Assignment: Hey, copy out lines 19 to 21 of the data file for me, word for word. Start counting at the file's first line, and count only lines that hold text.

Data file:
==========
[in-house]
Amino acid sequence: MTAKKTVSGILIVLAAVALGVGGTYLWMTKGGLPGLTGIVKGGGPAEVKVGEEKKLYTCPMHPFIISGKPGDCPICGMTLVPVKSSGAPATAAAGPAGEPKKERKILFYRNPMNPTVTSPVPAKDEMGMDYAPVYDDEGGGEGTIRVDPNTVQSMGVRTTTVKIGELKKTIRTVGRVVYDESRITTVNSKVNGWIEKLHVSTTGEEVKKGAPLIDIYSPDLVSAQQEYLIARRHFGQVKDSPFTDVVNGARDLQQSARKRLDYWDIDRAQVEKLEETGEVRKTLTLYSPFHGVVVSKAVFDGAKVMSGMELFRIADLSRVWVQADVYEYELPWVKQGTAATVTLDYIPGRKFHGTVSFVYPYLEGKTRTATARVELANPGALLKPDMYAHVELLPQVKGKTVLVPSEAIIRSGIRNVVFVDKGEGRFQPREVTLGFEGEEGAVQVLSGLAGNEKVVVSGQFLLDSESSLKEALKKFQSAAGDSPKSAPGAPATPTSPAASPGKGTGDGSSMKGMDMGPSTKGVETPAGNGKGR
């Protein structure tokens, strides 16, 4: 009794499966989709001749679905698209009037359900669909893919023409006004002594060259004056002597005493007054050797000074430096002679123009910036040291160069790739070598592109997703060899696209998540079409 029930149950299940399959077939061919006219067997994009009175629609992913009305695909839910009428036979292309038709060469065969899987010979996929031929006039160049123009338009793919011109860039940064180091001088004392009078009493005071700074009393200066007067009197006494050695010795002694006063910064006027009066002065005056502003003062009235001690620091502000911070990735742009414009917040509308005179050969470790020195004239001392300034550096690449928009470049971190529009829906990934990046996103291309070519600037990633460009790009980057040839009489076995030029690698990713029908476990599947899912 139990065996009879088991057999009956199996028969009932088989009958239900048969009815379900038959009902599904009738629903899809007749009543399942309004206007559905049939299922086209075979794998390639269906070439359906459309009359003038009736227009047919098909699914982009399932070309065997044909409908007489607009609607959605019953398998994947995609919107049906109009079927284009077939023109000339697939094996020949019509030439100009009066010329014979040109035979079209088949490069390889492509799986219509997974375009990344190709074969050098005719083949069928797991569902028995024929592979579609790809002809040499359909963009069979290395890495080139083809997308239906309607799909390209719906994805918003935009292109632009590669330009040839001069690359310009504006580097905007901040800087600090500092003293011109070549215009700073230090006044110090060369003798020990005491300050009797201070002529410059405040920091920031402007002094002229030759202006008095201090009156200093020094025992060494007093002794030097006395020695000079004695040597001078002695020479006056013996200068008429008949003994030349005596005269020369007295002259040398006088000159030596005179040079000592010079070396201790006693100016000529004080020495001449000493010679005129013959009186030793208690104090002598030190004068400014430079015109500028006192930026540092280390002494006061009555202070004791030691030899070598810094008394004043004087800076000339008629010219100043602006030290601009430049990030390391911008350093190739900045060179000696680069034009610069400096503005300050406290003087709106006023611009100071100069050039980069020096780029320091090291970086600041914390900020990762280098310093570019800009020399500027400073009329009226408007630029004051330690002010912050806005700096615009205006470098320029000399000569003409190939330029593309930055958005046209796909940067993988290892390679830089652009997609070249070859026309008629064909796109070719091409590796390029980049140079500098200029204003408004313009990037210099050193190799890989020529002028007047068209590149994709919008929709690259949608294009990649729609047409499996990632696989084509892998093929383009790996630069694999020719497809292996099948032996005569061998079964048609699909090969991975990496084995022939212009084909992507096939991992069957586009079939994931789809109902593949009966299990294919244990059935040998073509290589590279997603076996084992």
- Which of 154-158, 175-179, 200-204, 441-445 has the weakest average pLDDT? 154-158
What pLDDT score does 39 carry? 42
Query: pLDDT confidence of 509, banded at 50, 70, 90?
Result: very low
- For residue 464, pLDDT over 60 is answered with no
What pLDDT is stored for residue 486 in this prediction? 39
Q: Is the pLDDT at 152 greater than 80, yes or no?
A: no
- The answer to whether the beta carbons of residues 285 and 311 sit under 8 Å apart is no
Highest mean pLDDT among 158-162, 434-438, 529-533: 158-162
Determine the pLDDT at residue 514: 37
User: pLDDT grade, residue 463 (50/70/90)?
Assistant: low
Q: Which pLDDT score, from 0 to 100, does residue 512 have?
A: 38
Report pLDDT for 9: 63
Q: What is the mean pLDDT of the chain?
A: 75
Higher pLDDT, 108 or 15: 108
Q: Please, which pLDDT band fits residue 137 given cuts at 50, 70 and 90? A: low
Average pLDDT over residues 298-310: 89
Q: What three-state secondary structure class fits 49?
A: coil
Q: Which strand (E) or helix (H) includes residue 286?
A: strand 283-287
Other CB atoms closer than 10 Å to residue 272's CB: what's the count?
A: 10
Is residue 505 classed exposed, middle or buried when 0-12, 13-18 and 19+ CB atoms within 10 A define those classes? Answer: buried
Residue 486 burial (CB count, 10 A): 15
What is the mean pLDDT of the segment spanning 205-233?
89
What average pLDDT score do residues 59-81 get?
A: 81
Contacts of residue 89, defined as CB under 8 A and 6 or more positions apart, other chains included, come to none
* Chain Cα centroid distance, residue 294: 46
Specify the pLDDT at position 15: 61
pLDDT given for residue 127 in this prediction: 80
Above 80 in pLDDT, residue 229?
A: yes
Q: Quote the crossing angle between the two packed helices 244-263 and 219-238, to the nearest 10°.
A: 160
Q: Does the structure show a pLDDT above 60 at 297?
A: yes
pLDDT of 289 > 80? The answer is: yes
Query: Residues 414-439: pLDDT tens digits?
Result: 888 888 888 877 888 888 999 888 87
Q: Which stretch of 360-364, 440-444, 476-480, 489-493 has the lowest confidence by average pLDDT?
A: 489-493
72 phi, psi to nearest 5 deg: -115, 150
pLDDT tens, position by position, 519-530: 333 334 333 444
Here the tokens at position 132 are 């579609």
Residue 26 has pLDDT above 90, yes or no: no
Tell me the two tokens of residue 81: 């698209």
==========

Report pLDDT for 9: 63
Q: What is the mean pLDDT of the chain?
A: 75